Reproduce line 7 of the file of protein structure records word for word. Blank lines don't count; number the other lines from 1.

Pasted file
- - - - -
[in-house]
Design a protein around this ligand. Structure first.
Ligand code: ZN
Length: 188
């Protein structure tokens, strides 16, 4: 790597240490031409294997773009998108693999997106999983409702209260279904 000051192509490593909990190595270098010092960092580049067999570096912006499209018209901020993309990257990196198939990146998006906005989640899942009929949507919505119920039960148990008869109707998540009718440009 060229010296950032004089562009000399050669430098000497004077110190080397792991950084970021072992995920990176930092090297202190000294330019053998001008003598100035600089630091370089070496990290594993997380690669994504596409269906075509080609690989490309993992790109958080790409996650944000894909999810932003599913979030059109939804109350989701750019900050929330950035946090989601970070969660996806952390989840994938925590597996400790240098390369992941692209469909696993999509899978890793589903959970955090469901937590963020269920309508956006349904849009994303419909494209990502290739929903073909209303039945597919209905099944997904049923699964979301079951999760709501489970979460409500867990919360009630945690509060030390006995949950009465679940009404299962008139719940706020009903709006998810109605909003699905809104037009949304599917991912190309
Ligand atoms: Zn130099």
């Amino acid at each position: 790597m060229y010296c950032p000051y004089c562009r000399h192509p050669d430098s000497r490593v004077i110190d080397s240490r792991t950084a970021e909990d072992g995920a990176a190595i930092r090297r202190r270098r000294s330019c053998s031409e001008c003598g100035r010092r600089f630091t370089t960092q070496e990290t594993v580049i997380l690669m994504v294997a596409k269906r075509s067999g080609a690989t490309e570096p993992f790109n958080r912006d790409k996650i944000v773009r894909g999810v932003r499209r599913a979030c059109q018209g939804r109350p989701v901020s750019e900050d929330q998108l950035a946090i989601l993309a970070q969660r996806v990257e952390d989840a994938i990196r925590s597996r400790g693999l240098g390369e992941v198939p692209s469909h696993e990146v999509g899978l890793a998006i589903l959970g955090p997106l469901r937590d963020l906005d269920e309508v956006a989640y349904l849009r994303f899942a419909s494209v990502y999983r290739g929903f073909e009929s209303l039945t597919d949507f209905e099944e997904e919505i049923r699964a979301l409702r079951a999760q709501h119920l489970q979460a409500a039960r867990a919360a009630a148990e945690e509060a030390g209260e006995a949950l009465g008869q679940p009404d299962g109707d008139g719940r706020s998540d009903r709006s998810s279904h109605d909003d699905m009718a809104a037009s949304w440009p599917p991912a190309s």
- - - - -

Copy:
């Amino acid at each position: 790597m060229y010296c950032p000051y004089c562009r000399h192509p050669d430098s000497r490593v004077i110190d080397s240490r792991t950084a970021e909990d072992g995920a990176a190595i930092r090297r202190r270098r000294s330019c053998s031409e001008c003598g100035r010092r600089f630091t370089t960092q070496e990290t594993v580049i997380l690669m994504v294997a596409k269906r075509s067999g080609a690989t490309e570096p993992f790109n958080r912006d790409k996650i944000v773009r894909g999810v932003r499209r599913a979030c059109q018209g939804r109350p989701v901020s750019e900050d929330q998108l950035a946090i989601l993309a970070q969660r996806v990257e952390d989840a994938i990196r925590s597996r400790g693999l240098g390369e992941v198939p692209s469909h696993e990146v999509g899978l890793a998006i589903l959970g955090p997106l469901r937590d963020l906005d269920e309508v956006a989640y349904l849009r994303f899942a419909s494209v990502y999983r290739g929903f073909e009929s209303l039945t597919d949507f209905e099944e997904e919505i049923r699964a979301l409702r079951a999760q709501h119920l489970q979460a409500a039960r867990a919360a009630a148990e945690e509060a030390g209260e006995a949950l009465g008869q679940p009404d299962g109707d008139g719940r706020s998540d009903r709006s998810s279904h109605d909003d699905m009718a809104a037009s949304w440009p599917p991912a190309s």